Cost of Living

– in the Scottish Parliament at on 20 April 2022.

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Photo of Emma Harper Emma Harper Scottish National Party

5. To ask the Scottish Government what financial resources it has allocated to help those across Dumfries and Galloway and the Scottish Borders who are most impacted by the reported cost of living crisis. (S6O-00970)

Photo of Tom Arthur Tom Arthur Scottish National Party

The Scottish Government is taking a range of actions within our devolved powers to help people who are facing the impacts of higher energy bills, the increased cost of the weekly shop, the United Kingdom Government’s national insurance hike and interest rate rises. Our £290 million cost of living package builds on existing support, giving £150 to each household that receives a council tax reduction irrespective of what band their property is in and £150 to every other household in properties in bands A to D by the end of April. That equates to almost £7.3 million in Dumfries and Galloway and £5.4 million in the Scottish Borders.

In 2021-22, we allocated £80.75 million to local authorities for Scottish child payment bridging payments worth £520 in both 2020-21 and 2021-22, reaching more than 144,000 school-aged children as of December 2021. Our second child poverty delivery plan sets out how we will continue to tackle and reduce child poverty in Scotland, which includes investing up to £10 million each year to mitigate the UK Government’s benefit cap.

Photo of Emma Harper Emma Harper Scottish National Party

The cost of living crisis has been a decade in the making, with rising costs compounded by damaging Westminster austerity. Does the minister agree that the UK Government should reverse the regressive national insurance tax hike and the £20-a-week cut to universal credit, that it should match the Scottish child payment UK wide and that it should introduce a real living wage of £9.90 per hour? Can he outline what representations have been made to the UK Government on those matters?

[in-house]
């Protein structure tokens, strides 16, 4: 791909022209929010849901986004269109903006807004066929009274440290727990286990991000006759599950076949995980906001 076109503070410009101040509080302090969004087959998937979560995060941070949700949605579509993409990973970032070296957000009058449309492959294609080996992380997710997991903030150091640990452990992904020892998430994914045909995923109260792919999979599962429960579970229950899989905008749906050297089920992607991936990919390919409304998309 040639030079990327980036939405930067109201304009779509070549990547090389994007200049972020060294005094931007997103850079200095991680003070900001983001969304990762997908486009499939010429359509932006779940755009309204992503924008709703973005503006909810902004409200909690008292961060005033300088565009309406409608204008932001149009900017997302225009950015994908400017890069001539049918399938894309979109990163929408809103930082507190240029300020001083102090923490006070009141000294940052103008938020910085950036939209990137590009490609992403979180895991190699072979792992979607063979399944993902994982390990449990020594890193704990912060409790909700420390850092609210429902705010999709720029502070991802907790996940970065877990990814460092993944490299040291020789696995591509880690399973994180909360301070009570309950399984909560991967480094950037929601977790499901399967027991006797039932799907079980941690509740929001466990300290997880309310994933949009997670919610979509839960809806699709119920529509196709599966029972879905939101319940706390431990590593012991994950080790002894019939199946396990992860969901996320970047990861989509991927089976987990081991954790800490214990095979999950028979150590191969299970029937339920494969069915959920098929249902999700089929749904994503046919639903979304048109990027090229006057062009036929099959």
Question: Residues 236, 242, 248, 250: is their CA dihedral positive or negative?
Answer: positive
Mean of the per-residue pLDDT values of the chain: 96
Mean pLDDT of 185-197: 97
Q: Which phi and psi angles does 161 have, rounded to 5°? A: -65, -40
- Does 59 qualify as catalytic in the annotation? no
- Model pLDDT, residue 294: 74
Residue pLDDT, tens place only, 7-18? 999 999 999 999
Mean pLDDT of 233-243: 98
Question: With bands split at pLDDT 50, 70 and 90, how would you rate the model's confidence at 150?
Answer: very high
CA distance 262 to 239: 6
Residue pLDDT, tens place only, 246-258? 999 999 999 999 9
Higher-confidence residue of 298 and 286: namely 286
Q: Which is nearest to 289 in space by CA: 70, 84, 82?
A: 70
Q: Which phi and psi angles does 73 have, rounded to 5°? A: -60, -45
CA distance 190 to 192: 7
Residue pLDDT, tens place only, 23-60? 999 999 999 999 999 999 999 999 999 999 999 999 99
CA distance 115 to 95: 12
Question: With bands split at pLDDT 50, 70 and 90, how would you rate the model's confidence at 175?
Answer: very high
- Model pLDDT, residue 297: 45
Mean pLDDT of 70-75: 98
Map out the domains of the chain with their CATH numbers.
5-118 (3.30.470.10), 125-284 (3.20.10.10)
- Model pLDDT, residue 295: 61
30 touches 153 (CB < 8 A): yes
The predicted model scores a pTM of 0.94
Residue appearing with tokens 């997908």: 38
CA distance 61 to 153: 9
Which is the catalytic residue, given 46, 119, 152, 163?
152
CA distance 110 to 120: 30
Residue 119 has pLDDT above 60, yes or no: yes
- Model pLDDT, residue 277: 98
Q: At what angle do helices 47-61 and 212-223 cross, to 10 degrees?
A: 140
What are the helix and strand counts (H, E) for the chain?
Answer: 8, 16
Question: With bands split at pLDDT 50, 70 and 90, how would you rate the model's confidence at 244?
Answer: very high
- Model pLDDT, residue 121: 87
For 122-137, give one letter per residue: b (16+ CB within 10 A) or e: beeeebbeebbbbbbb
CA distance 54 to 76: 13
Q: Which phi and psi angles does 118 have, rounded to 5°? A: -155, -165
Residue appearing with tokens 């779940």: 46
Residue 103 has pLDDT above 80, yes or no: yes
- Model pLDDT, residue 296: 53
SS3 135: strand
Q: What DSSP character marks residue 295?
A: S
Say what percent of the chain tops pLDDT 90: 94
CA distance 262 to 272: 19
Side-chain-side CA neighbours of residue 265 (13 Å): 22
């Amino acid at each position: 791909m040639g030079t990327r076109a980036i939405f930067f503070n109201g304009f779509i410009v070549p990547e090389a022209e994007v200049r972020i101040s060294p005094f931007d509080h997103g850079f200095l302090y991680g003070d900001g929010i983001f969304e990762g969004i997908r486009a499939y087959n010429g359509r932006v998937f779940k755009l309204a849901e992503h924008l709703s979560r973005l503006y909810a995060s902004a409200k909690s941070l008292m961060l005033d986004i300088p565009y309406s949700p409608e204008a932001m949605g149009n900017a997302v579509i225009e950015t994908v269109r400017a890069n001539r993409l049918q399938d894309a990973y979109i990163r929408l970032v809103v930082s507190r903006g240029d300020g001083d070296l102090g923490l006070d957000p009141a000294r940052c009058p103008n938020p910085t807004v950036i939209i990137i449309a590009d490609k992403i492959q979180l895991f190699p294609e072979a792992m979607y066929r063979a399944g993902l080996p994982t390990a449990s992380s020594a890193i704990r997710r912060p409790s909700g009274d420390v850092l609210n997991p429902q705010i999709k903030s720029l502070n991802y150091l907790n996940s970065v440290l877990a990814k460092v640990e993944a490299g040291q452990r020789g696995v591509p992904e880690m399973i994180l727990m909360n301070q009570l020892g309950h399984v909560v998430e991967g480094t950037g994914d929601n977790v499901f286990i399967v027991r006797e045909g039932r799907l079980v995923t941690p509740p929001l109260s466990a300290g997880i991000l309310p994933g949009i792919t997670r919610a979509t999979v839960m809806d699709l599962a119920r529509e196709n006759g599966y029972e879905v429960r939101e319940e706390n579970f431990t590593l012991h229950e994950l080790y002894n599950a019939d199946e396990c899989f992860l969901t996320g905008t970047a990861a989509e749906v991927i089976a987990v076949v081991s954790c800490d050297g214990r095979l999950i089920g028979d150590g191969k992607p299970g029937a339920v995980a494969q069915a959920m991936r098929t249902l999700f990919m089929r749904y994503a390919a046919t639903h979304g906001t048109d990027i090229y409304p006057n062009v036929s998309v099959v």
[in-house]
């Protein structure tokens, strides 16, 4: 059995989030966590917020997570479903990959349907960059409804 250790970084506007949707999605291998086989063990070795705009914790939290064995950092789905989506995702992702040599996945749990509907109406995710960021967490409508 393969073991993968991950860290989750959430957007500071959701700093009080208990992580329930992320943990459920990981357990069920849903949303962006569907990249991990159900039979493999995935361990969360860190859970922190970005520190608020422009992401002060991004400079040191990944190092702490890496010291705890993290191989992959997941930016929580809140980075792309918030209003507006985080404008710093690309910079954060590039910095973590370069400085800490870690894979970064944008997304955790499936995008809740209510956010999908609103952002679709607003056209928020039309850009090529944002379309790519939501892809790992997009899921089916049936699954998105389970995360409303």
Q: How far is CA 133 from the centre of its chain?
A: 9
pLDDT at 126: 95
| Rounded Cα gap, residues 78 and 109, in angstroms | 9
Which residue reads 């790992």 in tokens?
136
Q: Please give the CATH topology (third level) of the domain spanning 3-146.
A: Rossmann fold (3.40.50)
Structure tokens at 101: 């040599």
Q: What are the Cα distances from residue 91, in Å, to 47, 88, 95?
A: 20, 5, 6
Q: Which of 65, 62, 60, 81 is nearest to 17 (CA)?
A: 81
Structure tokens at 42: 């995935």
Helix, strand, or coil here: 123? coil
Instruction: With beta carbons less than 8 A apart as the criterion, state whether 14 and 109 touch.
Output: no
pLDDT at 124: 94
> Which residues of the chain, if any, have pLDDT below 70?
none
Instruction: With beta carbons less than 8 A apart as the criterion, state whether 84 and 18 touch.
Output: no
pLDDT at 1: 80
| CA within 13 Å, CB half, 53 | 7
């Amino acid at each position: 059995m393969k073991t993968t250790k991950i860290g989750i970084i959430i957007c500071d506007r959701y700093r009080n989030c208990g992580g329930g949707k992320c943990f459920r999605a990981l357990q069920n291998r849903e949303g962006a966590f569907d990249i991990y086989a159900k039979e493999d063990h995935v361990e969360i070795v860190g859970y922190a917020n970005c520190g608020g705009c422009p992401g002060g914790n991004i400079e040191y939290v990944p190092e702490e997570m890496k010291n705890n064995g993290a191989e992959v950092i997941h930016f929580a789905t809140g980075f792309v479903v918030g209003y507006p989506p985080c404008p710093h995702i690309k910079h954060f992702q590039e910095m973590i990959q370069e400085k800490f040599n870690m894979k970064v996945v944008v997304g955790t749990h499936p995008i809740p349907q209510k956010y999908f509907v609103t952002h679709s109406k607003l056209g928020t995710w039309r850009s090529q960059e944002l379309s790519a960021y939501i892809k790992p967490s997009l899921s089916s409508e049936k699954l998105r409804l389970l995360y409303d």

Photo of Tom Arthur Tom Arthur Scottish National Party

Given that most of the relevant powers are reserved, I agree that the UK Government must do more to help households to cope with the cost of living crisis. The Cabinet Secretary for Finance and the Economy wrote to the chancellor ahead of his spring statement with vital proposals to address the cost of living crisis using those reserved powers, including a call to reinstate the £20 universal credit uplift. However, they were largely ignored and the chancellor failed to take the opportunity to address the biggest challenges that are currently faced by households.

I also agree that all workers should be paid at least the real living wage. Having employment powers in the hands of the Scottish Parliament would enable us to protect and enhance workers’ rights, including by making the minimum wage a real living wage. We will continue to call on the UK Government to take action to devolve those crucial powers.

In the meantime, we are already using the powers that we have. On 14 October 2021, we began mandating payment of the real living wage in Scottish Government contracts, where it is a relevant and proportionate requirement. Through the Bute house agreement and subject to the limits of devolved competence, we will also make it a requirement that grant recipients pay at least the real living wage.